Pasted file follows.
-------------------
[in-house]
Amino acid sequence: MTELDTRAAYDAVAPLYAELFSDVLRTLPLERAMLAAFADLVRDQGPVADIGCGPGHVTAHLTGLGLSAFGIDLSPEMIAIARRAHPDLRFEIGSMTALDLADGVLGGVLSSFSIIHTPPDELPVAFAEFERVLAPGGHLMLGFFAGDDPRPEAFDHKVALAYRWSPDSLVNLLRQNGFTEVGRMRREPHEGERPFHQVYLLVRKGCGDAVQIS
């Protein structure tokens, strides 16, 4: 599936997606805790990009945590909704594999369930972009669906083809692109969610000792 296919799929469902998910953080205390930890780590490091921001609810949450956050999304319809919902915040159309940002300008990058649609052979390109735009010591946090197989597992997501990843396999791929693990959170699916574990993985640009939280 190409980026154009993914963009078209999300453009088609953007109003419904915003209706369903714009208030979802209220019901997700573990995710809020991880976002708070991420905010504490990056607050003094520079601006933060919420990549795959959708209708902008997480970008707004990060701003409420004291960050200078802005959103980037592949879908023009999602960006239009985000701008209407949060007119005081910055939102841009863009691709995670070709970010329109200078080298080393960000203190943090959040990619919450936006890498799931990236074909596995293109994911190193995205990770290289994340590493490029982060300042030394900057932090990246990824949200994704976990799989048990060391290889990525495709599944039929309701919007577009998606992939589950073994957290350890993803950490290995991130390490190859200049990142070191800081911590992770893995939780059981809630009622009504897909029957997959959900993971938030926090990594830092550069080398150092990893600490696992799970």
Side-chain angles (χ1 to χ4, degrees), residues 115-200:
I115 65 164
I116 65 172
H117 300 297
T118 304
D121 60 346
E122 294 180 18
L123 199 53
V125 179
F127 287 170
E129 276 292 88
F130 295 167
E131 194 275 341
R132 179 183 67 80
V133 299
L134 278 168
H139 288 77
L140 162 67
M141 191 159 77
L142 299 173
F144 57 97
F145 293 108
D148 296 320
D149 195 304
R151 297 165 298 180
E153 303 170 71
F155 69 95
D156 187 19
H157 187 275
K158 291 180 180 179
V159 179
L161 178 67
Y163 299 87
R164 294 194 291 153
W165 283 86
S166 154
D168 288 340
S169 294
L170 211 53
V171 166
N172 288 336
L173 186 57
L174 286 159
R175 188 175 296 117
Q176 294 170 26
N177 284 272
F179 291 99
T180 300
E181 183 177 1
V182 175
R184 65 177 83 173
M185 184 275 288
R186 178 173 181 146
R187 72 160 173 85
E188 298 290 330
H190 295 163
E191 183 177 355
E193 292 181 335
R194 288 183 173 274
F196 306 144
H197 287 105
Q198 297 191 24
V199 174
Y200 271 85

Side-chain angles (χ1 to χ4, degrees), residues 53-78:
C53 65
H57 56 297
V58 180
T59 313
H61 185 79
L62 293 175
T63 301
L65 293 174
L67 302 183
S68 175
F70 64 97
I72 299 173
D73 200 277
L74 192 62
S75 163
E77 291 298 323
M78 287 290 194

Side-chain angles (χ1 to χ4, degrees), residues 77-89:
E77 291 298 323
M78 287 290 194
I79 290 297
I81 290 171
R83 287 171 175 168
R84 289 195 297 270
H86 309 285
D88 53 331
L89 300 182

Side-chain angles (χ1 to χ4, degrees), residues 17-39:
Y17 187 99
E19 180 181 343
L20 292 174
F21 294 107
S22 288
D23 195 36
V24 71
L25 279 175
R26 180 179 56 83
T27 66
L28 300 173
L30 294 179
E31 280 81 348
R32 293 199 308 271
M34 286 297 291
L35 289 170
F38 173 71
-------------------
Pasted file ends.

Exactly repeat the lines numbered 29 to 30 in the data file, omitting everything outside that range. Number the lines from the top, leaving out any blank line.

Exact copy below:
E153 303 170 71
F155 69 95